There are many audio resources available on the Internet. These resources can be interwoven into your general classroom curriculum to enhance your daily lessons. Deciding how to use them is often very similar to choosing other print teaching materials. Begin by determining what type of language skills and topic areas you want to teach. Then find audio lessons that can provide follow up reinforcement and practice for that skill or topic.
Using Audio to Support Reading Skills
California Distance Learning Project: The CDLP is a reading website for intermediate and advanced level ABE students. Readings are modified from news reports given by a Sacramento TV station.
Developing Listening Skills
English Listening Lesson Library Online: This website is updated with new content regularly and has an extensive archive of listening topics. Exercises are focused on "big picture" listening tasks supported with digital images. There are exercises appropriate for high beginning to low advanced ESL.
Randalls Listening Lab: This website has a range of short and long listening activities for beginning through advanced ESL learners.
Often news websites provide audio files and transcripts that can be used to teach a wide range of topics and skills. Here are two designed specifically for English learners:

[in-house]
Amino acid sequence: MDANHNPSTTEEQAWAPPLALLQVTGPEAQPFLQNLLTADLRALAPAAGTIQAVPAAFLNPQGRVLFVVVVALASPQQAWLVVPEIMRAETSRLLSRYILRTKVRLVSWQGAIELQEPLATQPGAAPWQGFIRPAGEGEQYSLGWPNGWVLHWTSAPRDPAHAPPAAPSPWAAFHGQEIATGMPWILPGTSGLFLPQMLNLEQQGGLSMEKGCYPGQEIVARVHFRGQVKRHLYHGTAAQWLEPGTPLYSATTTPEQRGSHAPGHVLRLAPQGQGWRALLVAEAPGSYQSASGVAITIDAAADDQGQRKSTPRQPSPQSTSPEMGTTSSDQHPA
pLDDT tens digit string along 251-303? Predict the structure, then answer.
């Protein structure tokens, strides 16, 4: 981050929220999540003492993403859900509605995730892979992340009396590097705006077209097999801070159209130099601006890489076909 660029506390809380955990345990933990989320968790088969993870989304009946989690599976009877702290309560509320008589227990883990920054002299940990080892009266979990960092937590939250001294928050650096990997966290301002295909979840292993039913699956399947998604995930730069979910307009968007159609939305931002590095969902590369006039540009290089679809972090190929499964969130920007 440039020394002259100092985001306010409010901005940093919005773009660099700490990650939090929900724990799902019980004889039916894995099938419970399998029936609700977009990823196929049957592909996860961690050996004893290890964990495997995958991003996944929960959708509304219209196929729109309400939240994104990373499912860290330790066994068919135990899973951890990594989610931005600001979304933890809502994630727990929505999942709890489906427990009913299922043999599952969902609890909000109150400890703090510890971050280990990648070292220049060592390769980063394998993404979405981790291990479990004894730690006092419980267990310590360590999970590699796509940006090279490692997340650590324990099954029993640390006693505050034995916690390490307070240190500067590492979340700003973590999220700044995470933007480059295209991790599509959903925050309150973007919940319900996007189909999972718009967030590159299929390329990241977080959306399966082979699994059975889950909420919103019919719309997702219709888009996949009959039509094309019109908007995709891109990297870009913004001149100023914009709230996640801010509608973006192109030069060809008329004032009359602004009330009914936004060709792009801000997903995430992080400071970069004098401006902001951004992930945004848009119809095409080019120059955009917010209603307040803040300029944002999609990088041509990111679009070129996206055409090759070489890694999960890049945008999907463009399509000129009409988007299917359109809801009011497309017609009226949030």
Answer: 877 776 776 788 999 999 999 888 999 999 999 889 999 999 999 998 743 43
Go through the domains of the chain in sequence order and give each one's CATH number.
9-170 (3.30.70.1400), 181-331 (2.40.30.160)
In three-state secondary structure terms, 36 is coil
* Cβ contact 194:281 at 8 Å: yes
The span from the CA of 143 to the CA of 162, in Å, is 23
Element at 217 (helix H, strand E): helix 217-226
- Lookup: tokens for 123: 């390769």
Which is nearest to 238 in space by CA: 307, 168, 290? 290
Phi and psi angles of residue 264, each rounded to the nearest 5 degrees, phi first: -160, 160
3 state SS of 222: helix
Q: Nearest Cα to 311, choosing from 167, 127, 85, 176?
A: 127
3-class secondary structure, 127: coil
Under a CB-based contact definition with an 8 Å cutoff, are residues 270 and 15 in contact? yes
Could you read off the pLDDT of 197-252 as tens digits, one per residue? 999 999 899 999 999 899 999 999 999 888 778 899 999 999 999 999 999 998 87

Voice of America: Special English section
BBC Learning English Homepage
Creating Your Own Audio
Using free software called Audacity (get if from http://audacity.sourceforge.net), you can create your own audio recordings. If you also download the LAME MP3 Encoder (get it here: http://lame.buanzo.com.ar) you can export your audio files in the accessible MP3 format. If you have access to a website, you can distribute your MP3 recordings to your learners online. Using free MP3 players — like this one from Google: http://www.widgetbox.com/widget/mp3 — you can make them play in the browser so no download is required to access them.
Here's an example: